by Alan Thornhill
The recent volatility on world markets has shocked millions of Australians, who expect their superannuation to fund their retirement.
That’s hardly surprising.
They have suffered big losses, as share prices fell.
And those losses have not been covered by later rises.
Mr Costello angered the superannuation industry, by telling The Australian newspaper that he “wouldn’t worry” about the financial fate, of those who had invested, voluntarily, in superannuation.
The Financial Planning Association described those comments as “impulsive.’
And the Association’s deputy chief executive, Deen Sanders, defended association members who have advised thousands of Australians to save for their retirements, through superannuation.
He said Australians were right to seek advice on such matters.
Mr Sanders said Australians had been right, also, to take advantage of the “tax effectiveness” of superannuation.
“Having an adequate, self-funded retirement income strategy for Australians has always had bipartisan support,” Mr Sanders said.
“Superannuation is a long term investment vehicle,”he addded.
“And despite current performance, it remains one of the most tax effective, high performing options for Australians to save for their retirements. ”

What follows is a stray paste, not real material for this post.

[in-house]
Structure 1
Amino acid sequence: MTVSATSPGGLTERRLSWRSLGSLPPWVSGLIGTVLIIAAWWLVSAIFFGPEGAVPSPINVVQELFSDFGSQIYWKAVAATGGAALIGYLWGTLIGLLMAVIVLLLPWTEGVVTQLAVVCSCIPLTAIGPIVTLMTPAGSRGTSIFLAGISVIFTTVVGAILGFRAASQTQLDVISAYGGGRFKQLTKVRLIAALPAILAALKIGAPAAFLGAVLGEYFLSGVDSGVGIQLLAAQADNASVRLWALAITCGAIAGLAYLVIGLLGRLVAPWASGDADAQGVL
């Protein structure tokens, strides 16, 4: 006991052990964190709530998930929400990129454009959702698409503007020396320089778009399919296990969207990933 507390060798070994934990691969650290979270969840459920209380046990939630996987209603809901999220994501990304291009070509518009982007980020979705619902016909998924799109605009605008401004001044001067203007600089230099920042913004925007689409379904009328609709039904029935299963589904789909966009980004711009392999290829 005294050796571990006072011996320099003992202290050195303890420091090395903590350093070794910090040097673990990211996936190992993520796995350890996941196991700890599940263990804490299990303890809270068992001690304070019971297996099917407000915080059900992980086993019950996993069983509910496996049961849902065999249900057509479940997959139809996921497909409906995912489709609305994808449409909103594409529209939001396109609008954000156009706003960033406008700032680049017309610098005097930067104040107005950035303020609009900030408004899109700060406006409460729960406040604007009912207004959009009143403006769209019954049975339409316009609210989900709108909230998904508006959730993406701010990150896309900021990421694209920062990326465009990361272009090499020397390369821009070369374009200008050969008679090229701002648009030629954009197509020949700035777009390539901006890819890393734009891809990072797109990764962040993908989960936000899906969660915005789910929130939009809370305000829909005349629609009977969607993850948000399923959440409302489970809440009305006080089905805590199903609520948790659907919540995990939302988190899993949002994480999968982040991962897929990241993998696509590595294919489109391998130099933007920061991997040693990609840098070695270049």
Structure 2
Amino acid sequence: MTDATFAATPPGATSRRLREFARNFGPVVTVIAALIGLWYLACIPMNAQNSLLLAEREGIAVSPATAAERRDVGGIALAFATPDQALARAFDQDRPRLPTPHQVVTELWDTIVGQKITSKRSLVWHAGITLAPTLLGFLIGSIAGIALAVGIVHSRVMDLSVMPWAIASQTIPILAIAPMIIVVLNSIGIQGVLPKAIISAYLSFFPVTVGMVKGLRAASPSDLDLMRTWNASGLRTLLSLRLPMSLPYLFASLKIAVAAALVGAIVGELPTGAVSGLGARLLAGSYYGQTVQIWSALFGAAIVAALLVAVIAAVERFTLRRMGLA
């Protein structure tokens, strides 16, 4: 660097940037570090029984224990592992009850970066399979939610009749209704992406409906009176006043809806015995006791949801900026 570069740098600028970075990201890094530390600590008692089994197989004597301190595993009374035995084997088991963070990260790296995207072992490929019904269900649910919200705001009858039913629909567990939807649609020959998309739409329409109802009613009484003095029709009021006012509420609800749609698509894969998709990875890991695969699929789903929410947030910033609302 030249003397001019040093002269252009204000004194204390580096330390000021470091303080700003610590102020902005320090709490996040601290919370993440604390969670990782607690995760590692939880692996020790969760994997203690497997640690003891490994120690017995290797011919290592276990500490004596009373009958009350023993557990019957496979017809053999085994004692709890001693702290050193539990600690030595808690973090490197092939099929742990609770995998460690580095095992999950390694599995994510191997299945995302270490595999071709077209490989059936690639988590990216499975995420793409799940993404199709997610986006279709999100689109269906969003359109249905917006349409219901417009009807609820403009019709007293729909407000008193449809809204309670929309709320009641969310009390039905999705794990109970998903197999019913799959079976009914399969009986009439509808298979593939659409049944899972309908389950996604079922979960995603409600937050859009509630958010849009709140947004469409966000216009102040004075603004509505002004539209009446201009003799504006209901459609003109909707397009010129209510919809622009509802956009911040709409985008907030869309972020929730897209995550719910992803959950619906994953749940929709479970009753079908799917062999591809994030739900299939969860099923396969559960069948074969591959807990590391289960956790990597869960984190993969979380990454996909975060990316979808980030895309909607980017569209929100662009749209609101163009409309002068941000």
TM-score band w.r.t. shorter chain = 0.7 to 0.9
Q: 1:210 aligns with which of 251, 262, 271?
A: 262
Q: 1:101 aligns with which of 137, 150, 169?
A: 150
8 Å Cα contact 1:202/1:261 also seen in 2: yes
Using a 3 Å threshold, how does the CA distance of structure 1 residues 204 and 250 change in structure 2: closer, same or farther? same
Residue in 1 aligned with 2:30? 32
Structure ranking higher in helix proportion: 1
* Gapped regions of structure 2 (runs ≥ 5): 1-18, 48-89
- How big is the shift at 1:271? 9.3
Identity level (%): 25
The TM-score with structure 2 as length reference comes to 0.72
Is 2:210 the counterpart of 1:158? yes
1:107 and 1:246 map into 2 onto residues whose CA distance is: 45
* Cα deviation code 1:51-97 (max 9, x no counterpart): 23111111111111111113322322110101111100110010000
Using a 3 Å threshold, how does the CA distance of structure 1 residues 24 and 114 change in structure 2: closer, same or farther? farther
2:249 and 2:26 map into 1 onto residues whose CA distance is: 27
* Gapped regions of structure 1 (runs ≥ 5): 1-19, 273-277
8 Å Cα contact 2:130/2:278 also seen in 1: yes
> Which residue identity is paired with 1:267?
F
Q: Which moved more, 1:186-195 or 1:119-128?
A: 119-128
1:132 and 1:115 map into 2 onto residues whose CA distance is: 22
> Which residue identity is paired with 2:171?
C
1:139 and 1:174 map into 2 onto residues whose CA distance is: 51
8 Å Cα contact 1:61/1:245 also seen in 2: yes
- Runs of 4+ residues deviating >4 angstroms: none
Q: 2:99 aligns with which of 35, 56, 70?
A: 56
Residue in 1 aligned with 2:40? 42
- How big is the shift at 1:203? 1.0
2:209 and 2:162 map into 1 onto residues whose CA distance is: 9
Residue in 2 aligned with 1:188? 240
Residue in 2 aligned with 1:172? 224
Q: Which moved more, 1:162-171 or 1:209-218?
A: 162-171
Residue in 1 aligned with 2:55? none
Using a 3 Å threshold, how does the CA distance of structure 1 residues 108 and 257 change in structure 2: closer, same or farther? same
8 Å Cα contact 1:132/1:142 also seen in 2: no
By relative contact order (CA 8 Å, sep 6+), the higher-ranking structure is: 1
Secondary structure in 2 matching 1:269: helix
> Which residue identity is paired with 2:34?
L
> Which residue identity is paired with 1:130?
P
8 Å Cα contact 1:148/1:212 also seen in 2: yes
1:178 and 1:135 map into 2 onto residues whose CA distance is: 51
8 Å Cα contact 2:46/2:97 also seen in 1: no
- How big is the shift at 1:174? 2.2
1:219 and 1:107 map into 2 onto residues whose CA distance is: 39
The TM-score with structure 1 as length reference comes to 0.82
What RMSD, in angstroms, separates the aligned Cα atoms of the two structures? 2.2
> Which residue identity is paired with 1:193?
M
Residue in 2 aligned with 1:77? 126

Of course, as Mandy Rice-Davies once famously said, in other circumstances, “he would say that, wouldn’t he?”
And Mr Sanders did conspicuously fail to declare that superannuation is not a riskless investment.
Australia’s superannuation fund have, indeed, performed quite well, over the medium to longer term.
But, as recent events show, super does have its problems, too.
Alan Thornhill is a parliamentary press gallery journalist.
Private Briefing is updated daily with Australian personal finance news, analysis, and commentary.
Thursday December 5
The Dow Jones index fell 24.85 points to 15,889.80
The Federal government and the Greens have reached a deal, under which the cap on Commonwealth debt will be abolished
NSW Energy Minister Chris Hartcher quits after ICAC issues search warrant against him.
East Timor’s prime minister says he is shocked by the Australian Government’s decision to authorise raids on a lawyer and whistleblower who were set to provide evidence against Australia in The Hague.
|Aud To Usd||0.9034||N/A||N/A|
|Bhp Blt Fpo||37.040||+0.240||+0.65%|
|Nat. Bank Fpo||33.970||-0.410||-1.19%|
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